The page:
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How Argentina's Baked Goods Reveals Its Political Past
Even the Argentinian word for baked goods that are eaten at breakfast, or for late afternoon snacks, has a labor-related meaning. The word is facturas, which, in nearly every other context, means “bill” or “invoice.” The particular, revolutionary names for facturas have remained to this day, and so certainly has an activated working class.
The perseverance of these names can perhaps be explained by the significant political turmoil that dominated Argentina throughout the late 19th century.
The political climate at the time was a dangerous one for radical anti-state leftists, and even moreso for indigenous populations. In 1879, General Julio Argentino Roca led a genocidal military campaign in Patagonia against indigenous Argentines, “physically obliterating” them from the region, according to A. Dinerstein’s America: Organising Hope.
Roca became president of Argentina in 1880, and despite his bloody rise to power, Argentina’s economy grew substantially in the early 1880s as Buenos Aires became a major manufacturing and exportation hub. This was the same time that the country received an influx of Spanish and Italian immigrants, who brought anarchism with them.
In 1886, when the bakers’ union was formed, Roca’s predecessor, Miguel Juárez Celman, was in year two of his presidency (to which he was fraudulently elected), and Buenos Aires saw an explosion of union activity regarding pay and working conditions. A new party formed to take Celman out of office.
Following the bakers’ strike in Buenos Aires, other unions and anti-government political parties quickly organized and took action. Rail and steelworkers went on strike in Rosario, Argentina, the same year. The anti-government Youth Civic Union formed in 1889, and rebranded as the Civic Union in 1890, revolted against Celman in the Revolution of the Park. Celman was forced to resign.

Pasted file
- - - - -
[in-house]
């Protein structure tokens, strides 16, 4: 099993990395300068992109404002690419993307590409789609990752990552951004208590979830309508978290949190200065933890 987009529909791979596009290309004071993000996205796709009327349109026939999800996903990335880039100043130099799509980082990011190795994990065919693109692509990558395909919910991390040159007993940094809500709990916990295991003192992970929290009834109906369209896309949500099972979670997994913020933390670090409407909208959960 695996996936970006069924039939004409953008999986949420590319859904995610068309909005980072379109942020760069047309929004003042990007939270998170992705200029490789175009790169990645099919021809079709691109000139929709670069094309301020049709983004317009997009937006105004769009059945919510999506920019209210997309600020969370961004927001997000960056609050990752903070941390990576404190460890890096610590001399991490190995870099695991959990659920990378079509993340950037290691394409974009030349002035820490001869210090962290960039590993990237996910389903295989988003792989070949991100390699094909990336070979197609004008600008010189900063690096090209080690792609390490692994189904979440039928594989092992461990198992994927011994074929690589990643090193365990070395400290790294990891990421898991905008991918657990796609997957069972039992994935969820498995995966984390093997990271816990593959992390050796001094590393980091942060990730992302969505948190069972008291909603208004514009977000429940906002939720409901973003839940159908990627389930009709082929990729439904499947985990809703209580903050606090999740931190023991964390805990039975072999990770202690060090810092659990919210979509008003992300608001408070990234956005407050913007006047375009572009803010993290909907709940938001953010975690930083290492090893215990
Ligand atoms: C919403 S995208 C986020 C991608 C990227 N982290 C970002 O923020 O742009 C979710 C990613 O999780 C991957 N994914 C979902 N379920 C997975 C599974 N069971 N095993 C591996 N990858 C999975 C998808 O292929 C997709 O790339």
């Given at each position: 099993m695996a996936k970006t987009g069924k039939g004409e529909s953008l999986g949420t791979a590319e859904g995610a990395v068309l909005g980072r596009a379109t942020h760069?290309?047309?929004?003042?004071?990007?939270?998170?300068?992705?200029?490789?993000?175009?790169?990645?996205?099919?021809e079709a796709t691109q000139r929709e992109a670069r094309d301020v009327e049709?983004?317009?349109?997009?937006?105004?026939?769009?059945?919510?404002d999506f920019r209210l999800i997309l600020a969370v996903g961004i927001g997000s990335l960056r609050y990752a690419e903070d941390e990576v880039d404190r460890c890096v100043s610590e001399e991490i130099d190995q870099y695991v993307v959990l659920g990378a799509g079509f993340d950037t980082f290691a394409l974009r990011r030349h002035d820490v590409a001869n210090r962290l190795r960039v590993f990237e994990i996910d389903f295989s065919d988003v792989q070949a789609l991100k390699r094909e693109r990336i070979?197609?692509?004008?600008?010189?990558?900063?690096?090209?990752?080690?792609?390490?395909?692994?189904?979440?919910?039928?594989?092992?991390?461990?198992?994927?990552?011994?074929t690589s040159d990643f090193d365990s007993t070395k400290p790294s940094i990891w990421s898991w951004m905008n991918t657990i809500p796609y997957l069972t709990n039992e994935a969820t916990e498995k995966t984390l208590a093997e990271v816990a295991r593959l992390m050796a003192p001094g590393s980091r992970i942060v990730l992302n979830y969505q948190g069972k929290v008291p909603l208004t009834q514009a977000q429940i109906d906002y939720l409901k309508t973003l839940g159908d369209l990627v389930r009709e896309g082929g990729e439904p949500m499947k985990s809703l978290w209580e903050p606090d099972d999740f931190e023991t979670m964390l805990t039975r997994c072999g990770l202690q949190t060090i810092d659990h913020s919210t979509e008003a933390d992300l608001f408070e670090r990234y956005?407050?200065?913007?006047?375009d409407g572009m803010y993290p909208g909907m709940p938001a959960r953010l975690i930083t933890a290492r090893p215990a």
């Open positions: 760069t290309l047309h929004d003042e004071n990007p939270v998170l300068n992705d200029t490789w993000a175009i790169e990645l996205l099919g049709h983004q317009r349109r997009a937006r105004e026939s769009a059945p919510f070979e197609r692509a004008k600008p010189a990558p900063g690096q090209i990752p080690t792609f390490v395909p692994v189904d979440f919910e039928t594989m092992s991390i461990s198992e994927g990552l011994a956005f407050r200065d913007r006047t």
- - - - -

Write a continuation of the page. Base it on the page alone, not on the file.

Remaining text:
In 1901, the largely anarchist Argentine Regional Workers’ Federation (FORA) was founded, bringing together 35 unions (the group underwent many divisions and changes throughout the early first decades of the 20th century, but still exists in some form today). The anarchist dockworkers union successfully fought for a nine-hour work day in 1902. Between 1889 and 1910, Global Connections states that anarchists organized six general strikes. The original articles of association written by Malatesta for the bakers’ union served as a model for many of these subsequently formed unions.
The unionization of Argentina’s working class was a struggle in the truest sense of the word, and the radical christening of the facturas can be read as incisive, clever, and celebratory simultaneously. The bakers’ union and strikes came at a critical moment of economic growth and political tyranny, the likes of which the nation has experienced in various fashions ever since. While the complicated political landscape continues to shift, the facturas remain.